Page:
Back in February, I traveled to India in order to do some Web development training for PayPal. In addition to having a wonderful time meeting and interacting with all of my coworkers, I got the opportunity to see some of the sights, including Mahabalipuram and DakshinaChitra in Tamil Nadu and the Taj Mahal in Agra. I did my best to document my experience in photos, and while it took some time, I've finally uploaded and tagged all of them. Go check them out!
Prior to leaving for India, I made plans to visit Delhi and Agra with two of my co-workers, Jeremy Gillick and Reena Bansal. Reena lived in Delhi for some time and she made a great tour guide. Thanks to accidentally perfect timing, we saw the new Bollywood epic Jodhaa Akbar just prior to visiting North India, and this gave us history on the sites we were seeing and really helped to bring them alive.
As great as that trip was, I really loved spending time in South India. The culture was simultaneously alien and completely familiar. There were more people and there was more activity than I think I've ever seen before, foods were completely unfamiliar, the language was completely unknown to me -- yet I felt completely at home with the chaos and the people. For my free time in and around Chennai, the role of tour guide was filled by fellow team-member Guru Prasath. He did a great job of ensuring that I gained a greater understanding of the cultural, spiritual, and linguistic history and traditions of the region. And, with the help of Anitha, another co-worker, I gained some lovely Indian fashions, too.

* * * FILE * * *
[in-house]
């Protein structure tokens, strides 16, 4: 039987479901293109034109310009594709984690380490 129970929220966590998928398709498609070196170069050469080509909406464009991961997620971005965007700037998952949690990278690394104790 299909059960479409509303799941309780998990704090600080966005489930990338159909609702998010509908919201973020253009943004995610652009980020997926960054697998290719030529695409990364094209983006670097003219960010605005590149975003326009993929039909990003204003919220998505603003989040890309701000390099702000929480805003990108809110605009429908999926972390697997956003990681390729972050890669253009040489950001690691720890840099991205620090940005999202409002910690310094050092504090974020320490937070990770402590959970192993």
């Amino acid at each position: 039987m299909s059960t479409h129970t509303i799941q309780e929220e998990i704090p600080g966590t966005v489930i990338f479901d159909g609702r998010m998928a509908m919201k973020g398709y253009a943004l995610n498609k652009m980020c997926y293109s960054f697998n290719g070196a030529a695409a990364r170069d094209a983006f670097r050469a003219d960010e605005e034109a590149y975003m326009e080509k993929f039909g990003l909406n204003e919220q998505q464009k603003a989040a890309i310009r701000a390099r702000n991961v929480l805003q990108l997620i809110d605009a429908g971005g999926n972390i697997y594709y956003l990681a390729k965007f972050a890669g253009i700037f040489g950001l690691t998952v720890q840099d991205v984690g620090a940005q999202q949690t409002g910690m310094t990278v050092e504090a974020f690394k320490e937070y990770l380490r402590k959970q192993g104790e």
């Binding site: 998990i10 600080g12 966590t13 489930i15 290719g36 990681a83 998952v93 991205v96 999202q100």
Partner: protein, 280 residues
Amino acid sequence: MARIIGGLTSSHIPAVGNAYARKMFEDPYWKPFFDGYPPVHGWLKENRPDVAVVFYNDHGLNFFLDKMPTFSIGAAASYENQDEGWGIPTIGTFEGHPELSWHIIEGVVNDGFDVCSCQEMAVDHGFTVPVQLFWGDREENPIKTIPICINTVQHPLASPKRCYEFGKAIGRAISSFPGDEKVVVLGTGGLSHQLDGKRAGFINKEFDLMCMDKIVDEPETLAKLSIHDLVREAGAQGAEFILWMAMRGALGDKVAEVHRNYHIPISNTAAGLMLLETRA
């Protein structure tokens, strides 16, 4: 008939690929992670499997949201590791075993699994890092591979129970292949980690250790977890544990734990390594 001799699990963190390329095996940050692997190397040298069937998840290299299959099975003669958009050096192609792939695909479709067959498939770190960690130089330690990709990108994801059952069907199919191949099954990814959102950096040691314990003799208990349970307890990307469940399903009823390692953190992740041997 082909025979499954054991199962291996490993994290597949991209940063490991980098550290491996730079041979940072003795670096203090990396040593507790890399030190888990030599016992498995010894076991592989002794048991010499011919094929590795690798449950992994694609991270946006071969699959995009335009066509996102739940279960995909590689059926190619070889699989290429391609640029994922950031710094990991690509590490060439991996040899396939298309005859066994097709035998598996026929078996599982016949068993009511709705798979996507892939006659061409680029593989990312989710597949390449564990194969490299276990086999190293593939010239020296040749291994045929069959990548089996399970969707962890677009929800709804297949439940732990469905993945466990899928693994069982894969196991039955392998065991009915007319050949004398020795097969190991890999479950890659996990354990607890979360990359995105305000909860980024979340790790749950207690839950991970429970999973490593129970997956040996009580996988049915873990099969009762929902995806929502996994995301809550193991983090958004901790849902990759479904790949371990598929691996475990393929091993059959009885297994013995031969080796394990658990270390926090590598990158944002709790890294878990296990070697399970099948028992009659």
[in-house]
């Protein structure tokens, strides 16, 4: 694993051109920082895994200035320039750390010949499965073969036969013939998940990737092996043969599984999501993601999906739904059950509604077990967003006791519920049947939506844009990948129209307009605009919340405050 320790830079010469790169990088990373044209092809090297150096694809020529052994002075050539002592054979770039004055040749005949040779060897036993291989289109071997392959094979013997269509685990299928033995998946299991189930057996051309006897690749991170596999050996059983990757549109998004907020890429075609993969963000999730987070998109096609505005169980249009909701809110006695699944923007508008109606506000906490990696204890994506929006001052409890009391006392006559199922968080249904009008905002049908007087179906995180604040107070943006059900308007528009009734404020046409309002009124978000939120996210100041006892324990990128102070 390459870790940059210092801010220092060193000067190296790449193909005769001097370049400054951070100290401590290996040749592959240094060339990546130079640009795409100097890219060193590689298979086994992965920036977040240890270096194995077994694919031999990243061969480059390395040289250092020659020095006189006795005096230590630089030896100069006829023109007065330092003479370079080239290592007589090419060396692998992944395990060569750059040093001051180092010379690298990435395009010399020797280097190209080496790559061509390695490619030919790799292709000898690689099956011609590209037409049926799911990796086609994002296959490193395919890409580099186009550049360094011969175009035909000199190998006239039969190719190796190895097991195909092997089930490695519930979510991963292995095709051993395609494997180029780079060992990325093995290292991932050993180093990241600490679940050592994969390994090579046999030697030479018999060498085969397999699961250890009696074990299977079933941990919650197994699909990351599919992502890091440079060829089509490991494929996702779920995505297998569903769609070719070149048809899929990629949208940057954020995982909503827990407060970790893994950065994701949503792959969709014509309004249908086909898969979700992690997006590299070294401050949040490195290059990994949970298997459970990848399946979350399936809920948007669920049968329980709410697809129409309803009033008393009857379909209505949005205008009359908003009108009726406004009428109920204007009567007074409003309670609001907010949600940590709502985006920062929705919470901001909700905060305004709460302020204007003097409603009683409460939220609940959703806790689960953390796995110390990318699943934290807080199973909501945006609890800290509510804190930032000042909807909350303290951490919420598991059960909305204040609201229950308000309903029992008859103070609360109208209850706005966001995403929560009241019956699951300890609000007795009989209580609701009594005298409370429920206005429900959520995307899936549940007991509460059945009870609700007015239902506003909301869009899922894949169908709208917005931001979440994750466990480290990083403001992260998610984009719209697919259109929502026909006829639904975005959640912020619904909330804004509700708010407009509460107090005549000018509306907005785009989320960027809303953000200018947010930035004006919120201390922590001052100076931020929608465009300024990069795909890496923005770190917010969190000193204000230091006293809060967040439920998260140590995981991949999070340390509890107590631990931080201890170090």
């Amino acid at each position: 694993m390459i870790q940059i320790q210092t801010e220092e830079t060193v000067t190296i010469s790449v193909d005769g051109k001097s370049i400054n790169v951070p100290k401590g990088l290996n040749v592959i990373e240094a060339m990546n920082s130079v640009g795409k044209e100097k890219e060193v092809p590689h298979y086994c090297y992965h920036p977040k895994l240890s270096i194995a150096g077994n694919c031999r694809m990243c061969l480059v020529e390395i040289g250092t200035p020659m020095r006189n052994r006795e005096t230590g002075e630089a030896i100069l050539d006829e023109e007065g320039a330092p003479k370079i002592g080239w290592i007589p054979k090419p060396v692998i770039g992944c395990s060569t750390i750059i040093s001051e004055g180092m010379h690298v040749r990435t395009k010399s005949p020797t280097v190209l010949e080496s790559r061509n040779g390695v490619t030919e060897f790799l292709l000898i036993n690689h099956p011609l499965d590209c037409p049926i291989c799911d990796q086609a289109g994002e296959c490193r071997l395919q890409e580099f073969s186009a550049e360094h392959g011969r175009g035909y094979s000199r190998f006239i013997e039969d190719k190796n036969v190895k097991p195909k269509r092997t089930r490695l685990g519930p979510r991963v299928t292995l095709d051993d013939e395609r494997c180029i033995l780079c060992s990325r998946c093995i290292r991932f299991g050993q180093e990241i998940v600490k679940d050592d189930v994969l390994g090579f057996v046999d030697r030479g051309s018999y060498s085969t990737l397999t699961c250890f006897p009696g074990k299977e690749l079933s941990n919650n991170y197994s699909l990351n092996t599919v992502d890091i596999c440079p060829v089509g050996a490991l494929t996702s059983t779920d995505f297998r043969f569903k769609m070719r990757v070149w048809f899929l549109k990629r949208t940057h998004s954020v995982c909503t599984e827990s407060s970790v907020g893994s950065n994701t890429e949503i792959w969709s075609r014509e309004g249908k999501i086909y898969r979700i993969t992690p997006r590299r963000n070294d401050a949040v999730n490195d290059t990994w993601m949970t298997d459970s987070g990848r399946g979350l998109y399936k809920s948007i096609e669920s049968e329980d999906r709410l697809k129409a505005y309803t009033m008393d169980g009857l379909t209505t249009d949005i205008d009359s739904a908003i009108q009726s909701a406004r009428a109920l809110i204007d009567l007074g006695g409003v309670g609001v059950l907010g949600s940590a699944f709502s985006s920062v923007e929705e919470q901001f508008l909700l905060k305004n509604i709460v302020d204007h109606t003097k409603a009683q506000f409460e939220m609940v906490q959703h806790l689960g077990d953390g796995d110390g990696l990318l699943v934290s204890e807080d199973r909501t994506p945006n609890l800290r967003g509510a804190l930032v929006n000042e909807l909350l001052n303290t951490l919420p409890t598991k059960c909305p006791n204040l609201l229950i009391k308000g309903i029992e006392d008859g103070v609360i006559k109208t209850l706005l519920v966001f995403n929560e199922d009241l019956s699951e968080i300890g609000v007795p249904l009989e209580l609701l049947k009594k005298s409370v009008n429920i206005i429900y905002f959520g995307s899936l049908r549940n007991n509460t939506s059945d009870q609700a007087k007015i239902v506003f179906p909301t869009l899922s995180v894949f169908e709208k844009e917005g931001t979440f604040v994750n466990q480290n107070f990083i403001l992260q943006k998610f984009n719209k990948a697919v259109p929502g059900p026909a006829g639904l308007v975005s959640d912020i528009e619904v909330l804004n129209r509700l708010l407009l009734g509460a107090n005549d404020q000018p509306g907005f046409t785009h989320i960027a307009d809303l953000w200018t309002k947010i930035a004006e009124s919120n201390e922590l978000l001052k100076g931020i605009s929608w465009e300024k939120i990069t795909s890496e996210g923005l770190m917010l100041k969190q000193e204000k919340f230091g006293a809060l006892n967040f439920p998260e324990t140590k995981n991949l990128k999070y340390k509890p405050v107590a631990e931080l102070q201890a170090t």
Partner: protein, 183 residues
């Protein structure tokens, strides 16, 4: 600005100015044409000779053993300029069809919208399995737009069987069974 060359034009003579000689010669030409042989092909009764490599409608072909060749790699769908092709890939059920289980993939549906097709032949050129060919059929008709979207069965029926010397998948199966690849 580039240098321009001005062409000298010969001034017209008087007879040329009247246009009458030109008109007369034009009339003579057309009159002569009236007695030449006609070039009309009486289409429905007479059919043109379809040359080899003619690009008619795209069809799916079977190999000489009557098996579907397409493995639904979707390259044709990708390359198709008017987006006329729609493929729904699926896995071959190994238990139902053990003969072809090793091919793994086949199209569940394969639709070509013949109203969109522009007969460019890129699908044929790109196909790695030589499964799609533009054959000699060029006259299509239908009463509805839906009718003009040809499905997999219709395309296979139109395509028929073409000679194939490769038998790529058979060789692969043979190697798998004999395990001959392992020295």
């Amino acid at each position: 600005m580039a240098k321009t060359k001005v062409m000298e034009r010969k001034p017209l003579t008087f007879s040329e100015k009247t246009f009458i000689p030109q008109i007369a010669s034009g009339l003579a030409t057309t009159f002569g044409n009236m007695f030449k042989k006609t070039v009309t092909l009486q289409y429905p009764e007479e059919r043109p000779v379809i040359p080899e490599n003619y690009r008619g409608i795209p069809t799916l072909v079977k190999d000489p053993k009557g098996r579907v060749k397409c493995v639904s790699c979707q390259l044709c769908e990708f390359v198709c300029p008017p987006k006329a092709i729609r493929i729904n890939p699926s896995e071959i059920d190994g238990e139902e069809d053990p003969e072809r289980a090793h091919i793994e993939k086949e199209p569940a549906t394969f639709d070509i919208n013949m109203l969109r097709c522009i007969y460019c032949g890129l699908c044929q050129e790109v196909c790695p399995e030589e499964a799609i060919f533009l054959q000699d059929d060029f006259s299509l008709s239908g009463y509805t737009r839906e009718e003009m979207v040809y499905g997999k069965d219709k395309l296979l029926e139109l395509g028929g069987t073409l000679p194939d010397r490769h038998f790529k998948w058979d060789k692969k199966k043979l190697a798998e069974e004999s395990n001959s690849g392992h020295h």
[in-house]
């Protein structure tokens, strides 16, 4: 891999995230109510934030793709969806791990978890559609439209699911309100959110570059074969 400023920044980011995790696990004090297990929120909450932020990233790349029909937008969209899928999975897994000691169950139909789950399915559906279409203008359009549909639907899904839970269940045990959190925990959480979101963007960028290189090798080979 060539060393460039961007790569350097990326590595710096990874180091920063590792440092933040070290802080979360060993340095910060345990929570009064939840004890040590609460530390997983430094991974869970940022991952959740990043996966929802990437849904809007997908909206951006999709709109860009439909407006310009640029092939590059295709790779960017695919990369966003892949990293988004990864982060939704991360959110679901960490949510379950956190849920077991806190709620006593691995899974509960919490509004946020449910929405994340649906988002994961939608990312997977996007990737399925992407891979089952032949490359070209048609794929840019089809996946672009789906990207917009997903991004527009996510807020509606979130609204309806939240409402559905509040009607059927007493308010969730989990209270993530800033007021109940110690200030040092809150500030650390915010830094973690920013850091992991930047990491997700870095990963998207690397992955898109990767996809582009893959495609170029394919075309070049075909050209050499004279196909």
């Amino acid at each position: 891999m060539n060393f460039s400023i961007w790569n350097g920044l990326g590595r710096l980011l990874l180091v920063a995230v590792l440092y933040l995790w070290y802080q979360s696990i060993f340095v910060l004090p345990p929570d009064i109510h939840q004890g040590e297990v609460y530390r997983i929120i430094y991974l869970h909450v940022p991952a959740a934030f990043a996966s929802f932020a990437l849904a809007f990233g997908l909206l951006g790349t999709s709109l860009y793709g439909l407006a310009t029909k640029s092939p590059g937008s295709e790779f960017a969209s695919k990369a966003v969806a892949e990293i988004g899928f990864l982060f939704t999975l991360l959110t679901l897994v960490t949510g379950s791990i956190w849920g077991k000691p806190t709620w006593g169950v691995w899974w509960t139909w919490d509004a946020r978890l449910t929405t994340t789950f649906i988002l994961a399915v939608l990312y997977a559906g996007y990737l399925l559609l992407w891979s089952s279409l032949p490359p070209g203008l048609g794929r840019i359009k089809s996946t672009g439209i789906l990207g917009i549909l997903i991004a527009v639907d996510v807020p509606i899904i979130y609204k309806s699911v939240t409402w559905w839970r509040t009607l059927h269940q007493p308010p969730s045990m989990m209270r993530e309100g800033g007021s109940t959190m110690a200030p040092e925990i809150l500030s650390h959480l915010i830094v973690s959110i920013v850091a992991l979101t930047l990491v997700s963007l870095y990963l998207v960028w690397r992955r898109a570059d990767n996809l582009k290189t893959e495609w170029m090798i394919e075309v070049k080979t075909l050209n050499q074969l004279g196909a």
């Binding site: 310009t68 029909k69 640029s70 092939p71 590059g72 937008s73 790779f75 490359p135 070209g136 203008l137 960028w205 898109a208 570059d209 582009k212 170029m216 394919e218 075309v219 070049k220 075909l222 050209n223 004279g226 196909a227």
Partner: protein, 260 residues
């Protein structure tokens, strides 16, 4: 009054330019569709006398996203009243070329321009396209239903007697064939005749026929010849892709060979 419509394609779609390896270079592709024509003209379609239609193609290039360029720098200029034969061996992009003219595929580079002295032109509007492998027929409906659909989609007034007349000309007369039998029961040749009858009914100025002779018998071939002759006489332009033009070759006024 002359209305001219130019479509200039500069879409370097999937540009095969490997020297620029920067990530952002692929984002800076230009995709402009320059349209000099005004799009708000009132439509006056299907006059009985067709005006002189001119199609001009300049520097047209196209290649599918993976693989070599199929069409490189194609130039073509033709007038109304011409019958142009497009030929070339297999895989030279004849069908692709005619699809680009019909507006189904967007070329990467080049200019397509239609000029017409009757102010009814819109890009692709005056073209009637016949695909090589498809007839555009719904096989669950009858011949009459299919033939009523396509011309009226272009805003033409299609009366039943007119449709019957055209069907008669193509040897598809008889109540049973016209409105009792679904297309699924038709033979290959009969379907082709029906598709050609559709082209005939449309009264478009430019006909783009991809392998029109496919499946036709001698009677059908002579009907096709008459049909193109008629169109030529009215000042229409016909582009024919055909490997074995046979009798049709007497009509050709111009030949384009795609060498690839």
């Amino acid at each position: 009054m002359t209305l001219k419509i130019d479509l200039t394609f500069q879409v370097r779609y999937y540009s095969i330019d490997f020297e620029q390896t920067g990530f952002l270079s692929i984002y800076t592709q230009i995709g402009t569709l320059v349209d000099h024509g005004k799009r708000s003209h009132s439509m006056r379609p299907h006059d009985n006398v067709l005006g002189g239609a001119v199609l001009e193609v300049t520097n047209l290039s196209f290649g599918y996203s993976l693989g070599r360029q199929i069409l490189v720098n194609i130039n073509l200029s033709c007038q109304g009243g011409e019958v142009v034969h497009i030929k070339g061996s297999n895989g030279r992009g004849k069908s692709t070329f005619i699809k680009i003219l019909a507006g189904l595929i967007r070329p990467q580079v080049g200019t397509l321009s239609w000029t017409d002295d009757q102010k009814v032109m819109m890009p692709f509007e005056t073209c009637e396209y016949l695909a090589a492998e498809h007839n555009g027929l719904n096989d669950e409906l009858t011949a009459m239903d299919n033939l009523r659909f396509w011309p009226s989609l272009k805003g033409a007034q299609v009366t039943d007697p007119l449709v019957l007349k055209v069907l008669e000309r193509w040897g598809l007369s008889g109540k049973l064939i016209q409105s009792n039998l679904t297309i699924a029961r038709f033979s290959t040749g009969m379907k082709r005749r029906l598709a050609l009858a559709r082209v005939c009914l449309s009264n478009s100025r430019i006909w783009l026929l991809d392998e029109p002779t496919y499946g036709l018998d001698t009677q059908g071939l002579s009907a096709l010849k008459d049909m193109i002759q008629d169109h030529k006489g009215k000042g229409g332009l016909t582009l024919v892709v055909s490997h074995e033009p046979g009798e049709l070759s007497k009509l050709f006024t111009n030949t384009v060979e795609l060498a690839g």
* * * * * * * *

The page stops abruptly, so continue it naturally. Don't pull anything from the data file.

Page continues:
I'll admit that I didn't know much about India -- but one of the few things I knew, I learned back elementary school. For nearly 25 years an image has been stuck in my brain: that of a woman drawing an intricate pattern on the ground outside a home. The accompanying description explained that women in South India would wake each morning to draw kolams, or "painted prayers", in order to bring prosperity to the home and family. Never did I think that I'd see one in real life! Now that I have, I've been inspired to learn more about the designs and to draw some myself (just on paper, so far).
Drawing a kolam is a wonderful meditative practice that I would suggest to anyone who needs to quiet one's thoughts or develop greater concentration and attention to detail. It's also a practice in generating mathematical patterns. In my further reading about kolams, I've seen them referred to as "spiritual mathematical patterns", the practice of drawing them as "geometrical acts of kindness", and the women that create them as
"great female mathematicians who solve complicated line patterns every morning". Kolams are so intriguing, in fact, that computer scientists are studying them. How's that for ancient traditions mixing with technological advancements?
I guess that's what appeals to me about India -- the blending of old traditions with new technologies and outside influences to create something that is still uniquely Indian. As I see it, the people of India have one foot moving toward the future with the other rooted in the past, and I respect how they're working to reconcile the two. I can't wait until I return again, to learn more about what's been and where they're going. And next time I'll be sure to rise early to witness the kolam ritual, and maybe even try some of my own.
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